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Poupou's Corner of the Web

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Otherwise you may find some unperfect stuff here...


Raw envies

So I wanted to blog, again, about client certificates. The original motivation was that Mono 1.1.9 added support for them inside XSP. This means it's now possible to use the HttpClientCertificate class to get the identity of the user. Client certificates are a nice way to authenticate users without having to maintain a database - just drop, for a fee, the problem to the certificate issuer. Actually it isn't as easy as it sound but, mostly, not for technological reasons ;-).

<%@ Page language="c#" %> <html> <head> <script runat="server"> void Page_Load (object sender, EventArgs e) { string user = "World"; HttpClientCertificate hcc = Request.ClientCertificate; if (hcc.IsPresent) { System.Security.Cryptography.X509Certificates.X509Certificate cert = new System.Security.Cryptography.X509Certificates.X509Certificate (hcc.Certificate); user = cert.GetName (); } info.Text = String.Format ("Hello {0}!", user); } </script> </head> <body> <form runat="server"> <asp:Label id="info" runat="server" /> </form> </body> </html>

This ASP.NET sample will print Hello World! for anyone without a client certificate and Hello something! if you have a client certificate. A bit more detailled sample is available in SVN.

However this original blog got interrupted by a question about making client certificate works on the MS runtime. You see there's a little black magic going on there because the framework isn't exposing the certificate stores at all (at least not before 2.0). So you end up, source wise, supplying a certificate without a private key, which doesn't (or shouldn't) make sense to the readers.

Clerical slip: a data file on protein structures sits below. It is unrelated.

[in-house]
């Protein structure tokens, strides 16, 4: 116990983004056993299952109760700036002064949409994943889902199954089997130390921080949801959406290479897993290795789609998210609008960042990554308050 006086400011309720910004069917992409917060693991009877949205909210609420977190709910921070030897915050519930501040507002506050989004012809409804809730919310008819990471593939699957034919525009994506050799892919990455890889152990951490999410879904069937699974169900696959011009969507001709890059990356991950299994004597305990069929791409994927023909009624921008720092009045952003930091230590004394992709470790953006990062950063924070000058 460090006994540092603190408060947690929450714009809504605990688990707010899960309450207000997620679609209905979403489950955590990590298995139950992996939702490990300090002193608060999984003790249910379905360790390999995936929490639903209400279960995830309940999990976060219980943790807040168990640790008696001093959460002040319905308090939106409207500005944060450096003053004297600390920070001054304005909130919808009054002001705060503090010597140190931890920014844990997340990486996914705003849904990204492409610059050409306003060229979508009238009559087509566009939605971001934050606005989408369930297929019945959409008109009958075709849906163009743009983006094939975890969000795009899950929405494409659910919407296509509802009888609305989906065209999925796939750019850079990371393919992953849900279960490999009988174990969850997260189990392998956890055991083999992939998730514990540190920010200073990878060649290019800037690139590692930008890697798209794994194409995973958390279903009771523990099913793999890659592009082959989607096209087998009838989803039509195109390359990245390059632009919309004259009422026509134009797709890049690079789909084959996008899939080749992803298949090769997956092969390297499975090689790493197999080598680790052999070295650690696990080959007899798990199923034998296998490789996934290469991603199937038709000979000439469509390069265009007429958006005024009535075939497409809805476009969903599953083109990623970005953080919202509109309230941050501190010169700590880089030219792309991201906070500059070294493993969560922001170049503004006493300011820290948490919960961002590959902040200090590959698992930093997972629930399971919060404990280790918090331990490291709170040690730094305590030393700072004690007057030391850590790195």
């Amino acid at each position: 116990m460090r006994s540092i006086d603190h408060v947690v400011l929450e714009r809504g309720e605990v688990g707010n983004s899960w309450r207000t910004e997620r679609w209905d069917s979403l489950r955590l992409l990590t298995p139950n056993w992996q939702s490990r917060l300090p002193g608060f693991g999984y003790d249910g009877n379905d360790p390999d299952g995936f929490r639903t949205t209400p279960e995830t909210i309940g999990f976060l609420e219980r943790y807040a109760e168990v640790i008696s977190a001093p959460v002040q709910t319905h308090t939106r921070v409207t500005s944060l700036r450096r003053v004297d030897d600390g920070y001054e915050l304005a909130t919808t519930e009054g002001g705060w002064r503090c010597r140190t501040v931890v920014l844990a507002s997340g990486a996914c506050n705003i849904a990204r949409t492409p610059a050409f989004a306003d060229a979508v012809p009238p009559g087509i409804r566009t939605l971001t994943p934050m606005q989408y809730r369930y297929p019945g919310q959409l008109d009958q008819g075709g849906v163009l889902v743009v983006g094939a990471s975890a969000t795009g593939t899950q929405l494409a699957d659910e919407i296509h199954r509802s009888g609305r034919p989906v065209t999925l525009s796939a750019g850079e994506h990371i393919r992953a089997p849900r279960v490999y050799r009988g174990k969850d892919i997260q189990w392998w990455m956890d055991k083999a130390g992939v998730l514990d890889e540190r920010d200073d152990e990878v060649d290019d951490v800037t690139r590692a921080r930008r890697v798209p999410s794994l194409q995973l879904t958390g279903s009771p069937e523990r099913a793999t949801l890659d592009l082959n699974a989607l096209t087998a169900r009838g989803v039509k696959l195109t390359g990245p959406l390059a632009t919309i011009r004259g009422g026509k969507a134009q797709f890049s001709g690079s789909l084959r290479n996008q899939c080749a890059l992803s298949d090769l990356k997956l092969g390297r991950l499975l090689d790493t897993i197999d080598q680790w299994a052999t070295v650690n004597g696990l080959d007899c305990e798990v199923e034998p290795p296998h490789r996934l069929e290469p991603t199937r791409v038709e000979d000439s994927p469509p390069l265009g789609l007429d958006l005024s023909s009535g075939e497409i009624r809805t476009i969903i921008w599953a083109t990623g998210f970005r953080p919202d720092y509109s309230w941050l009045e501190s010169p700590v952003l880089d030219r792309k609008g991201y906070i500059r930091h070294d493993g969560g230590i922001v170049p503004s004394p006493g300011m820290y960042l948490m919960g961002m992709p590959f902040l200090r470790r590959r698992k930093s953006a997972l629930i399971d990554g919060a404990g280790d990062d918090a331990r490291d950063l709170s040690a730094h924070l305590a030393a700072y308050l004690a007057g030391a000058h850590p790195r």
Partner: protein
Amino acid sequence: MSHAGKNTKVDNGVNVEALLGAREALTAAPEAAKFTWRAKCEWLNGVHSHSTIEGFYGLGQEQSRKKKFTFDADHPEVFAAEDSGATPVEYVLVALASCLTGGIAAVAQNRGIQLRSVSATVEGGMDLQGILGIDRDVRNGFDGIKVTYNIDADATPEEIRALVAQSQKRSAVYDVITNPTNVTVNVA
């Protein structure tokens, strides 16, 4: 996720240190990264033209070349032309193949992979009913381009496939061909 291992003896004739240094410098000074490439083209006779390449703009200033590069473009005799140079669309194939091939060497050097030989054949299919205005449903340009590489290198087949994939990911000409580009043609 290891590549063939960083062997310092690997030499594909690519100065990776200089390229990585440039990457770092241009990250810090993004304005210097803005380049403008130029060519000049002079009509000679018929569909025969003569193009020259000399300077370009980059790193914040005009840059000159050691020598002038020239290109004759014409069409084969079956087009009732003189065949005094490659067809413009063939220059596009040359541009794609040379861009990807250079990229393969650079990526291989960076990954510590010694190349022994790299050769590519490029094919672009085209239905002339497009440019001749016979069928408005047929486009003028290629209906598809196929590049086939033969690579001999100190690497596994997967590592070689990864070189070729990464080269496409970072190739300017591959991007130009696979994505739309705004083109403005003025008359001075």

using System; using System.IO; using System.Net; using System.Security.Cryptography.X509Certificates; using System.Text; class Program : ICertificatePolicy { public bool CheckValidationResult (ServicePoint sp, X509Certificate certificate, WebRequest request, int error) { if (error != 0) Console.WriteLine ("Untrusted server certificate"); // whatever the reason we do not stop the SSL connection return true; } static void Main (string[] args) { ServicePointManager.CertificatePolicy = new Program (); HttpWebRequest req = (HttpWebRequest) WebRequest.Create (args [0]); req.ClientCertificates.Add ( X509Certificate.CreateFromCertFile (@"c:\poupou.cer")); WebResponse resp = req.GetResponse (); StreamReader sr = new StreamReader (resp.GetResponseStream ()); Console.WriteLine (sr.ReadToEnd ()); } }

This works because, behind the scene, the same certificate is searched in the user's store and finally, if you're lucky, a private key associated to the certificate will be found and used to prove your identity to the server. Lesson: You need to be extra careful when importing the PKCS#12 file in Windows. Not cute

Because of the trouble of using MS runtime, and also my reluctance to use IE when browsing a site not ending with *.microsoft.com, I never tried using client certificates with them. Well that was a mistake :-(. Turns out that our current code (1.1.9) delays the hashing of the handshake data at the end of each handshake message. This isn't a problem unless (a) several message are concatened in a single handshake message and (b) we need to use the hash value between two of those messages. Guess what ? this is exactly what both IE and MS's HttpWebRequest (sharing deep down the same code) does when using client certificates - but not when using wget/OpenSSL.

I fixed that, actually I have a few more tests to run before committing this to SVN, so I guess, and hope, this will bring closure to this feature as there's so much more to do...

Huh... so what about raw envies ? I was looking for a name for the ASN.1 Viewer and this turned out to be an acronym for it. Nice but maybe someone got a better idea ???

9/29/2005 22:26:17 | Comments

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